How to Deal with Difficult People

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there are challenging personality types that make our lives harder:

  • The Tank: Confrontational and angry.
  • The Sniper: Makes you look foolish.
  • The Grenade: Explodes into fury out of nowhere.
  • The Know-It-All: Authoritative and things must be their way.
  • The Whiner: Points out everything wrong in vague terms.

You might now be thinking of a person to put one of these labels on.

“Encounters with rude, insulting, and demeaning people undermine others’ performance — including their decision-making skills, productivity, and creativity.”
Ouch.

I wanted to put together a few guidelines I use that help me diffuse situations from handling our customer relations and also from managing our team of over 108 employees.

1. Listen and understand the end goal

Listening combined with intent to understand what is being sought, gives you the prime opportunity to end the interaction while achieving your goals.

listened past all the yelling to delineate how he could fix the situation while achieving his goal

2. Focus on what you can do something about
You may not be able to avoid what difficult people have to say but you have control over what you do, and more importantly, what you ask.

Asking questions puts you in the driver seat to let them air what they have to say while guiding them to what you can do anything about.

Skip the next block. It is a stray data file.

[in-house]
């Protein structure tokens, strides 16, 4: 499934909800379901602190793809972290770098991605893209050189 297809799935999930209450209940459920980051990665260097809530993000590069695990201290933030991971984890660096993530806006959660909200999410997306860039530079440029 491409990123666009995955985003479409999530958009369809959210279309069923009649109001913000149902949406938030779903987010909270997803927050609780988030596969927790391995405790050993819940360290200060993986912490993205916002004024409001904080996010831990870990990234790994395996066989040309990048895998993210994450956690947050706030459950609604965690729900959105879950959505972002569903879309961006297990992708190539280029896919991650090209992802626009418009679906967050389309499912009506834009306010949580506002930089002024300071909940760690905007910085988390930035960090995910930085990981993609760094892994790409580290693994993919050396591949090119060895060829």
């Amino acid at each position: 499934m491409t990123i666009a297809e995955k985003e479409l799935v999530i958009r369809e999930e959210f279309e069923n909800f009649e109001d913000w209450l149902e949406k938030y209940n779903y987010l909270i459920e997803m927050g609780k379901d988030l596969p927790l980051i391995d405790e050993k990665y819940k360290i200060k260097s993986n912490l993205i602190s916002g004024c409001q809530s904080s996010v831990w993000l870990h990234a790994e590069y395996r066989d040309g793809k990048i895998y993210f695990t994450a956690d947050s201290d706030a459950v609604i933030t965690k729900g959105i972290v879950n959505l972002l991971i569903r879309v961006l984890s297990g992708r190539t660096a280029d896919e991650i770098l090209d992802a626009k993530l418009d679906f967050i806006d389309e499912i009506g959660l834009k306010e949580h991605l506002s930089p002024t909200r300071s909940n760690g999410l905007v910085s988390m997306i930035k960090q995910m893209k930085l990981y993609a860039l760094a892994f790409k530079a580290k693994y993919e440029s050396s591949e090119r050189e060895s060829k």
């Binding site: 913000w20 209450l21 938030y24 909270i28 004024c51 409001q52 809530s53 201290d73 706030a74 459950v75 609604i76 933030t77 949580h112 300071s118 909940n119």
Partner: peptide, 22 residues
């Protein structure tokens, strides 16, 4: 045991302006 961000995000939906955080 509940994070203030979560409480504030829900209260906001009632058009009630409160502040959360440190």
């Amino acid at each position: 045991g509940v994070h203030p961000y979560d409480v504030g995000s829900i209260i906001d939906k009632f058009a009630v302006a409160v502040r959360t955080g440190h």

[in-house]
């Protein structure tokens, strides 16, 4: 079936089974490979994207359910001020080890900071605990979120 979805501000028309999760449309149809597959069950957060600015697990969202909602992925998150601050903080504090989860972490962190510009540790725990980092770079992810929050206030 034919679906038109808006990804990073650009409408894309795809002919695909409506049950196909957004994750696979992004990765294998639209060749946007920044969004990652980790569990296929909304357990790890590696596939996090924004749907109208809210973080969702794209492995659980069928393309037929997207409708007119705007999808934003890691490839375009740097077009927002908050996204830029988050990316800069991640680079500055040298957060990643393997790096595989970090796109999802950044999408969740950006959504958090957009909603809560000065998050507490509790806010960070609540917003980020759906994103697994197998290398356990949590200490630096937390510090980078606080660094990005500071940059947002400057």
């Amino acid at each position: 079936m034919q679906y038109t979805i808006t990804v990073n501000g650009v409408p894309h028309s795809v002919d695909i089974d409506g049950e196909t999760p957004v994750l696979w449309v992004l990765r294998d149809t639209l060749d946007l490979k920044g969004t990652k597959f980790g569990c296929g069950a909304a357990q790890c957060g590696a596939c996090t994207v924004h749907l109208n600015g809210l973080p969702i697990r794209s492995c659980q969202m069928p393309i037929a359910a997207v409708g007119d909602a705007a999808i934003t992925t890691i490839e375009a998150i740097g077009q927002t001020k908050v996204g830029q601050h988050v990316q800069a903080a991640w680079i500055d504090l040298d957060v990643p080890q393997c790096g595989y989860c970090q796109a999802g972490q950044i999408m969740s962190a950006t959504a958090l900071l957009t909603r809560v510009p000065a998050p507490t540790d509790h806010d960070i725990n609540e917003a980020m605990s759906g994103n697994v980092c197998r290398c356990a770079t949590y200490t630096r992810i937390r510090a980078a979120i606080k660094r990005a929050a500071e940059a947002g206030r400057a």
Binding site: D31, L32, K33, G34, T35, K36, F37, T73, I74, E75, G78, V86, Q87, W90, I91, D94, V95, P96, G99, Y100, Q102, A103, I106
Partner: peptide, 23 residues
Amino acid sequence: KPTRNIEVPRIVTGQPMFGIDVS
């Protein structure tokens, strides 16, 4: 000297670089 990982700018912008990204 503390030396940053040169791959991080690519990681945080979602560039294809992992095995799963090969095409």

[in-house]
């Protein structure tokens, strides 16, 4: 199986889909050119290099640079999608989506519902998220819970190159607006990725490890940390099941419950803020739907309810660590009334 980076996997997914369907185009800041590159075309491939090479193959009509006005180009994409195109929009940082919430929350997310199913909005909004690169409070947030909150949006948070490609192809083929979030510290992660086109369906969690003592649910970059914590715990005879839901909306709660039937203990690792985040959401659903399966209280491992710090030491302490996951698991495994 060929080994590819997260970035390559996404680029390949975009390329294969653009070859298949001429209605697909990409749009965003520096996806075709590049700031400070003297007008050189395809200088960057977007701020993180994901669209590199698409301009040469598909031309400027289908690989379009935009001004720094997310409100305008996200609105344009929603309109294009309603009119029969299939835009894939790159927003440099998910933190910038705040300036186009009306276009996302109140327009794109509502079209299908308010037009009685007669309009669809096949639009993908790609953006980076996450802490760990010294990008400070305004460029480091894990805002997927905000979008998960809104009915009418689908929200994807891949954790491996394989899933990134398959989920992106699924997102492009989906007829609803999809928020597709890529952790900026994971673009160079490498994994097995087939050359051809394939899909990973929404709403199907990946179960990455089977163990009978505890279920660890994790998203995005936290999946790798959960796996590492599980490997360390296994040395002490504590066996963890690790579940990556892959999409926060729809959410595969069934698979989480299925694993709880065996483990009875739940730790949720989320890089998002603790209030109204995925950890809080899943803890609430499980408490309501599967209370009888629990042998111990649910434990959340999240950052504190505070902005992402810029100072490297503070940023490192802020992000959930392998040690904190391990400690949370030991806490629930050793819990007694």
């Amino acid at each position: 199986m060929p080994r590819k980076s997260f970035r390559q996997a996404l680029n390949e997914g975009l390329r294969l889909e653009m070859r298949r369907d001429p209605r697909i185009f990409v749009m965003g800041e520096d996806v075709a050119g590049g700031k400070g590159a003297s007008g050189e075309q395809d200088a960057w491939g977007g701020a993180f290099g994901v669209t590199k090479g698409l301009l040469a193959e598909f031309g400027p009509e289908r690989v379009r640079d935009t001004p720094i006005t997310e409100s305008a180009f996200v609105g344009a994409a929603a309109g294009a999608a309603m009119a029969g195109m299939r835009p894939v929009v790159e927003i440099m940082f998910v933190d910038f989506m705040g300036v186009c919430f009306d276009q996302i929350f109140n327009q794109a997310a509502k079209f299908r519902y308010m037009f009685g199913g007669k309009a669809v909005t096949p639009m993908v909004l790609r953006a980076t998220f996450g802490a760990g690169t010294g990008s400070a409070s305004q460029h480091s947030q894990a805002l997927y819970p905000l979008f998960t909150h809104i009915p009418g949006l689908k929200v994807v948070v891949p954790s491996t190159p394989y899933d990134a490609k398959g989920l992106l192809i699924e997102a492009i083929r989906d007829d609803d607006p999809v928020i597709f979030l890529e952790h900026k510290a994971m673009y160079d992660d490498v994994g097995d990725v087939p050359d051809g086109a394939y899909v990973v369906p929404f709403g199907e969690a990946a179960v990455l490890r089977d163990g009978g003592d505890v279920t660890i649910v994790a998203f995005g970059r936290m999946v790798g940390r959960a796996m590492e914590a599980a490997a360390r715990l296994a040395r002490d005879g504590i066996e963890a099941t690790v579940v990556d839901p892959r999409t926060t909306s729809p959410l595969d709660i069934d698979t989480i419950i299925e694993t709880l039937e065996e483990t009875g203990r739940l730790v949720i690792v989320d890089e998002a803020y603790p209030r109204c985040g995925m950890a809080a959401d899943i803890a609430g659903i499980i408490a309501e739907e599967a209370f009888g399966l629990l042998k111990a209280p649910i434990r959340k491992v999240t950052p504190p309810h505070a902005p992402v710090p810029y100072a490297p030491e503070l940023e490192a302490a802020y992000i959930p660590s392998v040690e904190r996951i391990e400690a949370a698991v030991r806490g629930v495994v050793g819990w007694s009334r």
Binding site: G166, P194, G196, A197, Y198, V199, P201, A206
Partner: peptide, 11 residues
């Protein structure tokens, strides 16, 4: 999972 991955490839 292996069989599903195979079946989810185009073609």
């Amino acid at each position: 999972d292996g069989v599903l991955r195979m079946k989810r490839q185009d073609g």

Difficult people, especially what Dr. Brinkman and Dr. Kirschner referred to as “whiners”, require a lot of directed questioning in order to come to understand their desires and what actions are available to you.

On the flip side, during this intense questioning, you may end up uncovering something about yourself you wouldn’t have known otherwise.

3. Get clear between a difficult message and a difficult person

You will always come across challenging people but by listening to them, asking questions, understanding their goal and focusing your actions, you can put yourself in the best position to succeed in getting what we want.

It won’t always happen in the most pleasant way, but keeping these guidelines in mind helped us handle challenging moments both with our users and within our organization, and hopefully they’ll help you grow, too.

So, don’t freeze and walk away but instead engage head-on with these personalities.

They will push you to innovate, make things better and fill in gaps you didn’t know were there before they arrived.

And I’d say that’s a gift worth getting at the expense of an uncomfortable confrontation, wouldn’t you?

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